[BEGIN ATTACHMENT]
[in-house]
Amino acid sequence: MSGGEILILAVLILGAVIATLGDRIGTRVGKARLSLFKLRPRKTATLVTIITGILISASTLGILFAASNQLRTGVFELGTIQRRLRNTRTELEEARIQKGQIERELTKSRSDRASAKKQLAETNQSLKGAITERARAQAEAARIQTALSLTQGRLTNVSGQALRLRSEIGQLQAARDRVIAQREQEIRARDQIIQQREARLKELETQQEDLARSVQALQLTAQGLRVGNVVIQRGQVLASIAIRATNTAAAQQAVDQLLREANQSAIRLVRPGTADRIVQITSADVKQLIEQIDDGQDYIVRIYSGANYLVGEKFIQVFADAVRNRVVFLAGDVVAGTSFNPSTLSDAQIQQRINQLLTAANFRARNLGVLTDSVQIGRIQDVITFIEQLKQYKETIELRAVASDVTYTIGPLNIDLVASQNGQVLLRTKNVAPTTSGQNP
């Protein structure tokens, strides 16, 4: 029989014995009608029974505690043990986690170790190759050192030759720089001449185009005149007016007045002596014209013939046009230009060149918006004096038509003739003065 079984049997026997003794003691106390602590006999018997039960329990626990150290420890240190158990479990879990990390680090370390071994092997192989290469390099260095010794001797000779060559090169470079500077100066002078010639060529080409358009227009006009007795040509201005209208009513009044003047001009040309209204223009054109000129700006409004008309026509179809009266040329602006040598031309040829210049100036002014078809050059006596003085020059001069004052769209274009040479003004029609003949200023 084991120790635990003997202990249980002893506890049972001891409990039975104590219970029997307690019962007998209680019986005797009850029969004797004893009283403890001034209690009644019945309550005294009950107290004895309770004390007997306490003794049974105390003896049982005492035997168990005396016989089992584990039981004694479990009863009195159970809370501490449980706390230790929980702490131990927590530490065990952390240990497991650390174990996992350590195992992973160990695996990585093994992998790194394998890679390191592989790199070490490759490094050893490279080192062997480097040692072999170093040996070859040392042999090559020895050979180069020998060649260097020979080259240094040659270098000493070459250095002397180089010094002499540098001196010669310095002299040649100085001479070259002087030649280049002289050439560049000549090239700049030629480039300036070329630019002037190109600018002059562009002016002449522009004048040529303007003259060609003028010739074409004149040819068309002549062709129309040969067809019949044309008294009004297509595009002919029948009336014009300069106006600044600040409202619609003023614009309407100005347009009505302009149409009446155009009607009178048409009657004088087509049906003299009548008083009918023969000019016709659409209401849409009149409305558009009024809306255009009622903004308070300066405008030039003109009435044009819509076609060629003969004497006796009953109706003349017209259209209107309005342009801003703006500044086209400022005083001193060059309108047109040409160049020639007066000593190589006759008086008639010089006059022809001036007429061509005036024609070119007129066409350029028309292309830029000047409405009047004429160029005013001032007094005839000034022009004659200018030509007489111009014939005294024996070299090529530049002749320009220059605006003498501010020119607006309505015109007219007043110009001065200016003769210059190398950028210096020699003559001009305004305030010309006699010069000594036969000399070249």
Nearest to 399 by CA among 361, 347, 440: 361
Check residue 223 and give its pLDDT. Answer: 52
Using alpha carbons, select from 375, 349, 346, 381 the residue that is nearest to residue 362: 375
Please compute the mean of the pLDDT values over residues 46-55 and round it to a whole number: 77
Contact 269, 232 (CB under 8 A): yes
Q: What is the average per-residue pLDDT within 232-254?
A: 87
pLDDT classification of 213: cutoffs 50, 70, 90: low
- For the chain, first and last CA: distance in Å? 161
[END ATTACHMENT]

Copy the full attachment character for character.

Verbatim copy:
[in-house]
Amino acid sequence: MSGGEILILAVLILGAVIATLGDRIGTRVGKARLSLFKLRPRKTATLVTIITGILISASTLGILFAASNQLRTGVFELGTIQRRLRNTRTELEEARIQKGQIERELTKSRSDRASAKKQLAETNQSLKGAITERARAQAEAARIQTALSLTQGRLTNVSGQALRLRSEIGQLQAARDRVIAQREQEIRARDQIIQQREARLKELETQQEDLARSVQALQLTAQGLRVGNVVIQRGQVLASIAIRATNTAAAQQAVDQLLREANQSAIRLVRPGTADRIVQITSADVKQLIEQIDDGQDYIVRIYSGANYLVGEKFIQVFADAVRNRVVFLAGDVVAGTSFNPSTLSDAQIQQRINQLLTAANFRARNLGVLTDSVQIGRIQDVITFIEQLKQYKETIELRAVASDVTYTIGPLNIDLVASQNGQVLLRTKNVAPTTSGQNP
């Protein structure tokens, strides 16, 4: 029989014995009608029974505690043990986690170790190759050192030759720089001449185009005149007016007045002596014209013939046009230009060149918006004096038509003739003065 079984049997026997003794003691106390602590006999018997039960329990626990150290420890240190158990479990879990990390680090370390071994092997192989290469390099260095010794001797000779060559090169470079500077100066002078010639060529080409358009227009006009007795040509201005209208009513009044003047001009040309209204223009054109000129700006409004008309026509179809009266040329602006040598031309040829210049100036002014078809050059006596003085020059001069004052769209274009040479003004029609003949200023 084991120790635990003997202990249980002893506890049972001891409990039975104590219970029997307690019962007998209680019986005797009850029969004797004893009283403890001034209690009644019945309550005294009950107290004895309770004390007997306490003794049974105390003896049982005492035997168990005396016989089992584990039981004694479990009863009195159970809370501490449980706390230790929980702490131990927590530490065990952390240990497991650390174990996992350590195992992973160990695996990585093994992998790194394998890679390191592989790199070490490759490094050893490279080192062997480097040692072999170093040996070859040392042999090559020895050979180069020998060649260097020979080259240094040659270098000493070459250095002397180089010094002499540098001196010669310095002299040649100085001479070259002087030649280049002289050439560049000549090239700049030629480039300036070329630019002037190109600018002059562009002016002449522009004048040529303007003259060609003028010739074409004149040819068309002549062709129309040969067809019949044309008294009004297509595009002919029948009336014009300069106006600044600040409202619609003023614009309407100005347009009505302009149409009446155009009607009178048409009657004088087509049906003299009548008083009918023969000019016709659409209401849409009149409305558009009024809306255009009622903004308070300066405008030039003109009435044009819509076609060629003969004497006796009953109706003349017209259209209107309005342009801003703006500044086209400022005083001193060059309108047109040409160049020639007066000593190589006759008086008639010089006059022809001036007429061509005036024609070119007129066409350029028309292309830029000047409405009047004429160029005013001032007094005839000034022009004659200018030509007489111009014939005294024996070299090529530049002749320009220059605006003498501010020119607006309505015109007219007043110009001065200016003769210059190398950028210096020699003559001009305004305030010309006699010069000594036969000399070249």
Nearest to 399 by CA among 361, 347, 440: 361
Check residue 223 and give its pLDDT. Answer: 52
Using alpha carbons, select from 375, 349, 346, 381 the residue that is nearest to residue 362: 375
Please compute the mean of the pLDDT values over residues 46-55 and round it to a whole number: 77
Contact 269, 232 (CB under 8 A): yes
Q: What is the average per-residue pLDDT within 232-254?
A: 87
pLDDT classification of 213: cutoffs 50, 70, 90: low
- For the chain, first and last CA: distance in Å? 161